As far as your question whether anything has happened for it to change so dramatically in India, I doubt it. In fact the fall in neutral rate in the US has been happening over the last 2-3 years and perhaps we are at the end of that phase and maybe now the neutral rate in US might have also bottomed out.
Latha: Do you think the neutral rate in India has fallen, has something changed over the last one year to make that rate come lower?
Varma: If India was completely a closed economy from that perspective this is a country where we are facing the exact opposite of an aging population. You have a working age population that is set to increase. You have huge investment needs of the economy. Obviously, private capital expenditure (capex) is a bit slow right now but the outlook for investments over the medium term continues to be quite positive and there have been reforms by the government, which suggests that productivity growth should also pick up all of which actually bode fairly well for potential growth.
The inflation psyche is an issue. We have seen inflation come down but inflation expectations have in fact gone higher. In this backdrop it doesn’t look like as far as just India is concerned there are any reasons to believe that the neutral rate would have gone down which is why if you look at the RBI’s argument it is not really linked to India. They are using the global neutral rate having fallen as an anchor for lowering Indian real rate. If indeed real interest rates in India were very tight by which I mean that the real interest rates were significantly higher than the neutral rate then you should be seeing significant disinflationary forces in the economy. Expectations should be coming down.
We did see that during 2013-14 and partly in 2015, which suggests that interest rates were tight and real interest rates were above the neutral rate but in the last one and half year we have seen more signs of underlying inflation stabilising around five percent which actually doesn’t suggest that real inflation rates are higher than the neutral rate. Maybe they are already closer to neutral rate but this is important for a reason. If the underlying inflation is stabilising around five percent and we are okay with real interest rate staying around neutral which means policies are neither accommodative nor tight then why should inflation fall any further which suggests that inflation tolerance is around five percent.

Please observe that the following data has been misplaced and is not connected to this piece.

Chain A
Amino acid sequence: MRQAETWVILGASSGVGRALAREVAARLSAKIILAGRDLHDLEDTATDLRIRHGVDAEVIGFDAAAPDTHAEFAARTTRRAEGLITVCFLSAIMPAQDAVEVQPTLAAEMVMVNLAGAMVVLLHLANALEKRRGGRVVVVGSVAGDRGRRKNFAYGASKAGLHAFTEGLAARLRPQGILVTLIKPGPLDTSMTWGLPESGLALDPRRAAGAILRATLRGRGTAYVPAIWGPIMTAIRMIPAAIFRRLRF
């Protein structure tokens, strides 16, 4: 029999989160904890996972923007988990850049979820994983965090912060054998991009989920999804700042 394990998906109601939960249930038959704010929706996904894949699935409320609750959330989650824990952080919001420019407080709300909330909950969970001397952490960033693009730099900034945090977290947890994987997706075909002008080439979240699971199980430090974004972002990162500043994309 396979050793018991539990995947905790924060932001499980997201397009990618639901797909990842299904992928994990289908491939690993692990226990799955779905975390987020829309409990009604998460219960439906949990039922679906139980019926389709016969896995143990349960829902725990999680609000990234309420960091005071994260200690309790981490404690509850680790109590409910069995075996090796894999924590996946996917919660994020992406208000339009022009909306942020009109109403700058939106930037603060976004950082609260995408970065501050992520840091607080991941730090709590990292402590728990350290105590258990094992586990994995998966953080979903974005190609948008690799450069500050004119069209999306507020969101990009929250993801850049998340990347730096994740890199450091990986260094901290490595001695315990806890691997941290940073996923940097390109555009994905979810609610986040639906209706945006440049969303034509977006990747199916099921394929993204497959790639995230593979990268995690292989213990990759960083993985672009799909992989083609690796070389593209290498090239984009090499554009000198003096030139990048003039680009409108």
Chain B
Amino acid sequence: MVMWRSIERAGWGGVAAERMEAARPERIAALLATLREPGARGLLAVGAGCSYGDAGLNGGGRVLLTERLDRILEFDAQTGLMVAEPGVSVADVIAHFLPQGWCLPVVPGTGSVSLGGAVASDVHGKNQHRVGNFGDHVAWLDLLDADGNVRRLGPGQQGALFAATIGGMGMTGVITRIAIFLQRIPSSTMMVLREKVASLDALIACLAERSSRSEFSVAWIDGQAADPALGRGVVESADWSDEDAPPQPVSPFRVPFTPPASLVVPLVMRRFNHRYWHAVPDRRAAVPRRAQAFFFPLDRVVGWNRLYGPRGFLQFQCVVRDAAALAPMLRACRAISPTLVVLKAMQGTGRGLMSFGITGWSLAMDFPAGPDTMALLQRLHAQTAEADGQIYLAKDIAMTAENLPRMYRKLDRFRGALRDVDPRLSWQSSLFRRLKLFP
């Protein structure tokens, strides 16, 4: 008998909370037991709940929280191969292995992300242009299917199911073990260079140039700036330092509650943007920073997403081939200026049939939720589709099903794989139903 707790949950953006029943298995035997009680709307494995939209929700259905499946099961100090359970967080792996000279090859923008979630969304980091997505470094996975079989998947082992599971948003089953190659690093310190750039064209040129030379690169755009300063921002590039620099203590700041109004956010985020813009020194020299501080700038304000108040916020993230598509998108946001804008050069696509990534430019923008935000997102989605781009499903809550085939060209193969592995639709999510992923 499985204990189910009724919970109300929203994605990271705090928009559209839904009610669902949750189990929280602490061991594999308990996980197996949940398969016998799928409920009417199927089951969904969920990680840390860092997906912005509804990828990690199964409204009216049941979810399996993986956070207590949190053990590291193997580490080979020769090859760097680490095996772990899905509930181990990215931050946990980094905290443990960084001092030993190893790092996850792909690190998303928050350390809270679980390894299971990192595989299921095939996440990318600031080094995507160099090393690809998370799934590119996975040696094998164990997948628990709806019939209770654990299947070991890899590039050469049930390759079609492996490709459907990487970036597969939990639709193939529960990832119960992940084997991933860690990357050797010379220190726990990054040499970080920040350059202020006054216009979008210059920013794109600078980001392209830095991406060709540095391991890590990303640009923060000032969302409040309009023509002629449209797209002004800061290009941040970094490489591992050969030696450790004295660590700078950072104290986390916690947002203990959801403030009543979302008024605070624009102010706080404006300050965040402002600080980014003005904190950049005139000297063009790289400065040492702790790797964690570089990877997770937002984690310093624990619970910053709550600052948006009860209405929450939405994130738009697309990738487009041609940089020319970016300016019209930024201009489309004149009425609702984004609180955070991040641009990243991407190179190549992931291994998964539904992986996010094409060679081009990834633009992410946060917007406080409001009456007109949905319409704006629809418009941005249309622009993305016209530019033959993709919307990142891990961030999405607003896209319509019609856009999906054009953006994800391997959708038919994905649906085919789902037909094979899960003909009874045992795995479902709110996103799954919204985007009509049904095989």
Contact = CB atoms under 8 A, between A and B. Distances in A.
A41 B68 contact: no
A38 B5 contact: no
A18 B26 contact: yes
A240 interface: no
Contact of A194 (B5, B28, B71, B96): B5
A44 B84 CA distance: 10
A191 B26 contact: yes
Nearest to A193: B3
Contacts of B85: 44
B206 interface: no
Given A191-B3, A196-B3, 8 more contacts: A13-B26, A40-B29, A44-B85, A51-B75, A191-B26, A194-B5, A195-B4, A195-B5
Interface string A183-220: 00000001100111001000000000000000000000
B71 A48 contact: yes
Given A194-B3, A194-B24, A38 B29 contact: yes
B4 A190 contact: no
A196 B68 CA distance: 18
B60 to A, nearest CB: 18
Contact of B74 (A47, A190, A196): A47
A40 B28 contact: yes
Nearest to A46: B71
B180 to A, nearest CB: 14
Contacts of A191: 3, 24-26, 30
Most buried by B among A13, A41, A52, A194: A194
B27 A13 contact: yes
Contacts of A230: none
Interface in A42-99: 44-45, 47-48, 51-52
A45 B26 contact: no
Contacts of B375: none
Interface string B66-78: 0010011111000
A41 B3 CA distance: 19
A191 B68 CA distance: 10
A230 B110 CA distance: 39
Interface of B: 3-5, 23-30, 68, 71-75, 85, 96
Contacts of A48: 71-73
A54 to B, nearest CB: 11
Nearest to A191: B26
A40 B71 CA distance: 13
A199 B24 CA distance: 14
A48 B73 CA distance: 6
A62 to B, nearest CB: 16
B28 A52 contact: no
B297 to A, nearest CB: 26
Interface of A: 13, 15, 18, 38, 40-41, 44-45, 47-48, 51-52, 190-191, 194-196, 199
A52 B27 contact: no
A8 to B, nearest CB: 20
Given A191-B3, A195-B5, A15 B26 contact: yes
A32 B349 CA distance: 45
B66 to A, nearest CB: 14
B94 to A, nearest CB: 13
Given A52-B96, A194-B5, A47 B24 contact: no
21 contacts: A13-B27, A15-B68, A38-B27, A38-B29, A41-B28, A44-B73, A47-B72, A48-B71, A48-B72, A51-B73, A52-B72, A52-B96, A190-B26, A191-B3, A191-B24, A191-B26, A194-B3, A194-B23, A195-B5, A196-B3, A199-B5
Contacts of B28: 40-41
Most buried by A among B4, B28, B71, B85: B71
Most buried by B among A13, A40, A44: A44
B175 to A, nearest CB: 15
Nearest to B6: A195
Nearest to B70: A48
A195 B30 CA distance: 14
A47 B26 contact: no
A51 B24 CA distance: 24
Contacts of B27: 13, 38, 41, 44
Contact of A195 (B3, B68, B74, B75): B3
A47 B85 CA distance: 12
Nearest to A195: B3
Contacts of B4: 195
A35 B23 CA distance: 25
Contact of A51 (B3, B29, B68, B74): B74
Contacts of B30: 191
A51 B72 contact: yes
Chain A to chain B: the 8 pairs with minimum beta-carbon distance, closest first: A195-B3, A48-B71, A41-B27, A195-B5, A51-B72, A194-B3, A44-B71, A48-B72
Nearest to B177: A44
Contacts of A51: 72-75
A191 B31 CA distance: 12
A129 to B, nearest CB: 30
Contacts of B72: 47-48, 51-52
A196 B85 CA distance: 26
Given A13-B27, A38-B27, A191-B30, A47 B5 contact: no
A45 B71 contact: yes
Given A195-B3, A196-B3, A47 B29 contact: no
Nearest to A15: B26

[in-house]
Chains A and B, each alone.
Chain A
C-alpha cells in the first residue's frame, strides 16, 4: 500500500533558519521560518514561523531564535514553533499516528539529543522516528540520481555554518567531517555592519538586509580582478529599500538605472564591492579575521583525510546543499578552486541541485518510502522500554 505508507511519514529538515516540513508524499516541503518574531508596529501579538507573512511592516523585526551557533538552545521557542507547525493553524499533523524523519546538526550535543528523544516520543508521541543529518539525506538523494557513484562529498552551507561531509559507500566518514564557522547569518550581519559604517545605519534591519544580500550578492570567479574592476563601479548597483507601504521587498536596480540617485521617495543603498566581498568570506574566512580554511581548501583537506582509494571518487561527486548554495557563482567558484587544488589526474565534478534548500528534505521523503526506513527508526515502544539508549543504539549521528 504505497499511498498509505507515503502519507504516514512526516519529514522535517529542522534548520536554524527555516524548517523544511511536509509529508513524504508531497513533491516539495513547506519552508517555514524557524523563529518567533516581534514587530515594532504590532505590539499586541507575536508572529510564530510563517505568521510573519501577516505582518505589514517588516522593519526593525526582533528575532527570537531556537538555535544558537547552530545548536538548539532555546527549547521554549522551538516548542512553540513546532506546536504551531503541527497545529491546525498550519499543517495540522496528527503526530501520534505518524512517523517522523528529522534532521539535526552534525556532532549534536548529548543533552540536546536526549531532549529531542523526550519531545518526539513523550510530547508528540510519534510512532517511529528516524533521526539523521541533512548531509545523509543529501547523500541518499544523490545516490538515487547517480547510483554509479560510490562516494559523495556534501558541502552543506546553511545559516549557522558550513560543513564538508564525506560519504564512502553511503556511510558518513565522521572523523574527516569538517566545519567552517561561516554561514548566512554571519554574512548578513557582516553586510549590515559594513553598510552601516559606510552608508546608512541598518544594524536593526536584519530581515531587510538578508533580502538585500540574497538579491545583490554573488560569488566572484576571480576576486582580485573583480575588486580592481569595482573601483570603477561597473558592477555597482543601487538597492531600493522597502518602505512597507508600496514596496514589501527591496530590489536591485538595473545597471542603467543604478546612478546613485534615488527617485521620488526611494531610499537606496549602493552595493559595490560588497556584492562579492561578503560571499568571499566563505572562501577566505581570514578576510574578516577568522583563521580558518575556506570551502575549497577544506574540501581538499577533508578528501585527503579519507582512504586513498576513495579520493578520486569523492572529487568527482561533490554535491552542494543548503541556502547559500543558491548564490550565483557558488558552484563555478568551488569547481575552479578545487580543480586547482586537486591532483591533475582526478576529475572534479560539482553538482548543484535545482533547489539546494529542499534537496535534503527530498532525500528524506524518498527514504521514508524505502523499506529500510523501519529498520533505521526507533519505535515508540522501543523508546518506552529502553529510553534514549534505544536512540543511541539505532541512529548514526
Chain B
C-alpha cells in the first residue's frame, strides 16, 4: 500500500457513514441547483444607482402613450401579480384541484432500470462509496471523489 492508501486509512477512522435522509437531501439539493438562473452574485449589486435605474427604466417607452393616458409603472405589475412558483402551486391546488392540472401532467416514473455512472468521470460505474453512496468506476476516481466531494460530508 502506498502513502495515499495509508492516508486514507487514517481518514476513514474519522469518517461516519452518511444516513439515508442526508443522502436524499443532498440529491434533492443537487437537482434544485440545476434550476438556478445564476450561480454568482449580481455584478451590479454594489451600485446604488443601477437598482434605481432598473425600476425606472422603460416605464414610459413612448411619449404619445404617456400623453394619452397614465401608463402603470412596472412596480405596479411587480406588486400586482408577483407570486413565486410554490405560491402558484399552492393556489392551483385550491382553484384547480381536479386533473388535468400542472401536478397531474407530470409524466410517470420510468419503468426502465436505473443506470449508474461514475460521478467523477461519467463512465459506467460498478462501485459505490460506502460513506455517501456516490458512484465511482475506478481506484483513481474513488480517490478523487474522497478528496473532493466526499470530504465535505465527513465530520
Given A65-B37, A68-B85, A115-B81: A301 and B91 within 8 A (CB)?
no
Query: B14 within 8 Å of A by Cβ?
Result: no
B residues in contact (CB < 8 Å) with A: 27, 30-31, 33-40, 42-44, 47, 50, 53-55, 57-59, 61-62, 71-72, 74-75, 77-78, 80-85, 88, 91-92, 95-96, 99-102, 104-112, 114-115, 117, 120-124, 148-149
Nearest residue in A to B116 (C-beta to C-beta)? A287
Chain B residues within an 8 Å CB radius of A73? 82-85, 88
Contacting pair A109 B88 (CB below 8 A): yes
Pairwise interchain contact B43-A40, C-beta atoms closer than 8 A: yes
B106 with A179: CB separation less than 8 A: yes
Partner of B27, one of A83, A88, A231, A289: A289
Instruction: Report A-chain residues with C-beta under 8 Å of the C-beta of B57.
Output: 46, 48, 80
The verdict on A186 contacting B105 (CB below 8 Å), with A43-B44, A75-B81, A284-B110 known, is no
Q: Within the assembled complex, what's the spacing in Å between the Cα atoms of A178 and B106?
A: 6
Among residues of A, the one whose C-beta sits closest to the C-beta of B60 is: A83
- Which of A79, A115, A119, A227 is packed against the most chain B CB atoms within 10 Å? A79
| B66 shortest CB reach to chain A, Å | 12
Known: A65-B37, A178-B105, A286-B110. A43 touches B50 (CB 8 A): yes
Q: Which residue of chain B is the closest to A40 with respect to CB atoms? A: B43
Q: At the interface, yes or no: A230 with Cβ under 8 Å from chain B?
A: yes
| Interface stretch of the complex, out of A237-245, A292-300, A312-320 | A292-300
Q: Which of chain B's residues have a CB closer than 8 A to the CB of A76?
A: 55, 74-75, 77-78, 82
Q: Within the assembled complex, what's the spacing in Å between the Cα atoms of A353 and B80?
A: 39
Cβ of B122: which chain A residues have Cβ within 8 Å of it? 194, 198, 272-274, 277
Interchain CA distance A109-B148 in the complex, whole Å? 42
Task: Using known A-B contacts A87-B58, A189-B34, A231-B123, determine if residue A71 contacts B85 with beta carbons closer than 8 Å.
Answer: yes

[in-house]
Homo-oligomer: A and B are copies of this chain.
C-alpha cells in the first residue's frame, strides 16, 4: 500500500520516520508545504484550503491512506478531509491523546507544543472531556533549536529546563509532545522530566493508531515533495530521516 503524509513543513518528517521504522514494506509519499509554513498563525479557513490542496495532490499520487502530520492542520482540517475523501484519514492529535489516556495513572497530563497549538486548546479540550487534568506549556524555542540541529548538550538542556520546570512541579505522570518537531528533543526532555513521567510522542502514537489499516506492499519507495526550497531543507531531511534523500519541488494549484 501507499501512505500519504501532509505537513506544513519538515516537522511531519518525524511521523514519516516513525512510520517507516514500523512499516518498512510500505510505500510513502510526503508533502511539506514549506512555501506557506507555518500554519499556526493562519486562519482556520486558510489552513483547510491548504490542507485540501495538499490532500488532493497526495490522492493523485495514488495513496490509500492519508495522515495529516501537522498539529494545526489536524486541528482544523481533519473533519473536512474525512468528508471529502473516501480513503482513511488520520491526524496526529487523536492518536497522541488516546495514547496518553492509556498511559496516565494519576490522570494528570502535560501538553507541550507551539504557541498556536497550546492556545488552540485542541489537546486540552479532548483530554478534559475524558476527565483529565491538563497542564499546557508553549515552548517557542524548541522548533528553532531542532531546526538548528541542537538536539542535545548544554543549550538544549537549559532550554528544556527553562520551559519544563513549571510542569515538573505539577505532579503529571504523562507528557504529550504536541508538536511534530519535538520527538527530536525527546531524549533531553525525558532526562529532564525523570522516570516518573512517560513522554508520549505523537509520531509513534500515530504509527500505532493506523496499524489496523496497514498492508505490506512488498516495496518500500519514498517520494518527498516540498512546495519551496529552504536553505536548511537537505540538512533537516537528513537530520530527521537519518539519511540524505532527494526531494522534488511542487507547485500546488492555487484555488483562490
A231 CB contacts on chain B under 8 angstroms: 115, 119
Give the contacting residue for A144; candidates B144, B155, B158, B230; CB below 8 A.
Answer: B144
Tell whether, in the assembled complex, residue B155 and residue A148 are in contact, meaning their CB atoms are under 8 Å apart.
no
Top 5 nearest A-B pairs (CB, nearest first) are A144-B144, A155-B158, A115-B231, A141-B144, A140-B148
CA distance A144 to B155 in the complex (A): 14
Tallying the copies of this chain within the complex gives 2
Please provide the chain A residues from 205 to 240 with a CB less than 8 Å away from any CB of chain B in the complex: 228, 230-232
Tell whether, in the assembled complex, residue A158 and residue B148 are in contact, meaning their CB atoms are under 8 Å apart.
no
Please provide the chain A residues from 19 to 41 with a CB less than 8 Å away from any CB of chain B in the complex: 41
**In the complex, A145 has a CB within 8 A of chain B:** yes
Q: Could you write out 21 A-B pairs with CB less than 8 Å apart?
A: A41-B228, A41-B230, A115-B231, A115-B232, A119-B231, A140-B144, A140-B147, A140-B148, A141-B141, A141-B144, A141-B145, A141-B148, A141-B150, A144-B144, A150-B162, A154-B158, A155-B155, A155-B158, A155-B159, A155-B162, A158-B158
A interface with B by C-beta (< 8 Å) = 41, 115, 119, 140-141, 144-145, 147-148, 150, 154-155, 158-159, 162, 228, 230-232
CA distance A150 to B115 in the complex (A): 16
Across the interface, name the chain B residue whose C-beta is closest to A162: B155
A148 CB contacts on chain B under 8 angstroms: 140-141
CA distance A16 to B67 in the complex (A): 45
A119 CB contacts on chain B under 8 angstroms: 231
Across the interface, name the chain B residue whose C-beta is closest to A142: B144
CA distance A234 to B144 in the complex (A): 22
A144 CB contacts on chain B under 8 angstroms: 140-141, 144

Q: Do you believe that the neutral rate has fallen?
Chinoy: There are three different issues here and sometimes some definitional confusion. First, let’s stipulate where the real policy rate today is. There is a lot of confusion about 125 but the RBI’s forecast for inflation in March of next year is 5 percent. In March of the following year, in 2018 its 4.5 percent. So it is fair to say, if you assume a steady decline, a year from now till next October, they expect inflation to be somewhere around 4.75 – the midpoint of that difference. So my policy rate today is 6.25 and I expect inflation, a year from now to be 4.75, effectively real rate today is already 1.5 percent – that one.
Second, I want to separate acutely the neutral real rate versus were today’s real rate is vis-à-vis neutral. The neutral real rate as has been discussed often is a time varying concept. It depends on potential growth, it depends on technology, on preferences, on savings behaviour, on investment behaviour and it is like potential growth, it’s unobservable. So for us to say here is what it was yesterday or today is different, but the larger point is the actual real policy rate is only at the neutral rate when output caps are zero or closed and inflation is at its long-term target.
Now neither of those conditions is fulfilled in India. Our long-term target for inflation is 4. Today inflation is 5 and output gaps maybe closing but is still negative. So if you apply a typical Taylor rule, which most central banks in the world use, what that suggest is very rarely are actual real policy rates at neutral – that is an unique situation, so for us to claim at every policy for market to say the policy rate is at neutral, is just not right; policy rates will only be at neutral when output gaps are closed and inflation goes to its target.